We migrated all the virtual servers from VMWare to MS HyperV. All the Windows 2008 R2 servers were upgraded to Windows 12 or higher. We replaced the Windows 7 workspaces with Windows 10 Modern Workplace and we migrated SharePoint 2010 to SharePoint Online from M365. We also tackled a number of other projects.
Actually they were very standard programmes, projects, migrations and transitions, just like those I’d encountered at many other organizations. Then, at the end of 2019, it became clear that GLT-PLUS was going to be wound up in the near future (at the end of 2020), partly due to the phasing out of gas extraction in Groningen. Initially, GLT-PLUS was supposed to continue its activities until 2030, but that suddenly became 2024. And soon after that, at the end of 2019, we heard that NAM wanted to terminate its contract with GLT-PLUS on 31 December 2020. They no longer thought it necessary to keep the consortium up and running, and they wanted to do the maintenance work themselves. Inevitably, that led to a slow-down in our activities.”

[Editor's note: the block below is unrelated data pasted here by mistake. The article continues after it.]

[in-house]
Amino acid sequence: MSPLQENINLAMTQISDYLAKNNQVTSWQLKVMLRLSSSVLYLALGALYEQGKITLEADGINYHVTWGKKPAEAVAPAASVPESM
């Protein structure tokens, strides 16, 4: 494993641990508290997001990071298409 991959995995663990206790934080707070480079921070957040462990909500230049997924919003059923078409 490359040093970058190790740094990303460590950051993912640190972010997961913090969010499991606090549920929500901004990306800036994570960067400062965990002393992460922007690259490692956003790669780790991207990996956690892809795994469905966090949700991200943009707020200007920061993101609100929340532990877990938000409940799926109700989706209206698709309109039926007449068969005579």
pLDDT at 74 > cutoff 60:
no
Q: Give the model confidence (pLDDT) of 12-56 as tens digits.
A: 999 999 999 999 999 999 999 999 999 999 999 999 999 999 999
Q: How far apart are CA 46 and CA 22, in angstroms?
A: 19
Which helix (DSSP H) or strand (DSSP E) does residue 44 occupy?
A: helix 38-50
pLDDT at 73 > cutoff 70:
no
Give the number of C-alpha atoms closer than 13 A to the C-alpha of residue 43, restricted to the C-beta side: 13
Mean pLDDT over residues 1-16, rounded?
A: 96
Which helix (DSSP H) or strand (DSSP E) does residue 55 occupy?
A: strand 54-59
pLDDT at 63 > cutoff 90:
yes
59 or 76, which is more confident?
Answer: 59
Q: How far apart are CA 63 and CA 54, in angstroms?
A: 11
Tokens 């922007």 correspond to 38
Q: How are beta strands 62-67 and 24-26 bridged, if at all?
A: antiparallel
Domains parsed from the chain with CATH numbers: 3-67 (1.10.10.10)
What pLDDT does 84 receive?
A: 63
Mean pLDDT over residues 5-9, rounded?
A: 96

Now that we have the benefit of hindsight… did all that work go to waste?
“Yes and no. In retrospect, you could say that some of those improvement processes were unnecessary. But actually that’s not really true. We simply didn’t know that we were already getting so close to the finish, and NAM was only able to tell us that at a late stage.
But on the other hand, suppose that we’d known all along that GLT-PLUS would be over by the end of 2020. We would still have had to do something about the outdated environments. Doing nothing is a risk, especially when it comes to security. You can see it as a calculated risk – so, we might have enhanced security in other ways, which could have adversely affected ease of use. In this case, NAM made a conscious decision to invest and make sure that everything was up to scratch right until the end. That only required a relatively small investment for them, and it also prevented a lot of awkward political questions. And in this context, that was certainly valuable too.”
And then at the end of 2020, the plug had to be pulled. How did that go?
“It was quite a strange feeling. The world can change very quickly. We were doing some great work. In 2018, I started a whole series of improvement projects – really useful work. And eighteen months later you find yourself taking everything apart again. Quite a turn-around!